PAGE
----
Hiking in Costa Rica
Trails, towns, national parks, beaches, and forests offer a wide range of possibilities for beginners and experienced travelers.
Costa Rica has enough trails to keep serious hikers stepping for a long time, and the scenery those routes pass ranges from lowland rain forests to brisk mountain valleys. The routes themselves are as varied as the scenery, ranging from invigorating jaunts in the mountains near San Jose to backpacking adventures that lead you into the heart of the country’s wilderness.
Nearly all of Costa Rica’s national parks have short trails that can be hiked in an hour or two, while others have routes that take the better part of a day to complete, such as the trails to the top of Barva and Rincon de le Vieja Volcanoes. Santa Rosa, Corcovado and Chirripo National Parks have longer backpacking routes, which require several overnights in tents or Parks Service cabins. There are also plenty of well marked hiking trails in the country’s growing number of private reserves.
Footprints in the sand
Atlantic Coast. In Cahuita National Park, in the Limon province, with over 130 miles of sand, you can walk along Playa Blanca and Puerto Vargas, next to Playa Negra. The park stands out for its coral reefs and tropical jungle topped off with coconut palm trees.
The Pacific. Along the 125 miles of beach in the Guancaste province, there are options for all tastes at beaches like Naranjo, Hermosa, el Coco, Avellana, Junquillal, and Manzanillo. The majority are whitesand beaches with crystal-clear water and lush vegetation. There are also opportunities for swimming, diving, surfing, and fishing. In some places you can even find sea turtle nesting areas.
The Southern Pacific. This region that encompasses the Osa Peninsula had been referred to as “one of the most intense biological sites in the world,” according to National Geographic. Corcovado National Park and Cano Island Biological Reserve have miles of beaches that are challenging for even the most experienced hikers.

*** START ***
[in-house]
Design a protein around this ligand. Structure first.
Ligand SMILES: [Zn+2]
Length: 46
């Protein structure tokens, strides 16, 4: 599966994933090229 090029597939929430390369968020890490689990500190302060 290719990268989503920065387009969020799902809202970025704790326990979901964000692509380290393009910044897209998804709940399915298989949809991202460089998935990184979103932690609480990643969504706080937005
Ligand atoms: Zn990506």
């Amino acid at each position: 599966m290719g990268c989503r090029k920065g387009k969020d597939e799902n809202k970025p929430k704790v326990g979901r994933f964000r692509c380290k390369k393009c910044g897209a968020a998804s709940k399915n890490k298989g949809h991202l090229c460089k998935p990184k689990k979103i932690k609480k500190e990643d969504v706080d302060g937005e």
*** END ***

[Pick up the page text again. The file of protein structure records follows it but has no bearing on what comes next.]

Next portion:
The Central Valley
The cultural center. For those who enjoy art, over the last few years the capital has unveiled new attractions. These include the Pope John Paul II sculpture just north of the Metropolitana Cathedral; the “Barrendero”sculpture in the Central Park, and “la Chola” sculpture just south of the Costa Rican Central Bank.
The dry months, from November to March, are ideal for planning excursions throughout the city and enjoying the warm afternoon sun. Starting at the central part of San José, going west to east, you can see the main structures of downtown like the Metropolitana Cathedral, the National Theater, the National Museum, the Legislative Assembly, and the Blue Castle (Castillo Azul).
Continuing toward the east, you can find other points of interest to visit such as the Museum of Art and Contemporary Design, the Yellow House (Casa Amarilla), the Metallic Building (Edificio Metálico), the Jade Museum, and Morazán Park, among others.
The hills of Escazu have great natural and scenic beauty, with a view of Blanco Peak, San Miguel hill, and a panoramic view of the Central Valley. There is a 5-6 mile long hiking trail there that takes around 5-6 hours to hike.
The Cerro Dantas Wildlife Refuge in Heredia, some 13 miles northeast of the National University, offers forest paths measuring some 6 miles that take about 5 hours.
Los Santos zone is known for its highland forest and pastures that extend to Providencia, a town along the Savegre River. From there, you can pass through a primary forest until you reach San Gerardo de Dota. This 15-mile stretch takes about 9-10 hours to hike.
Let’s go hiking!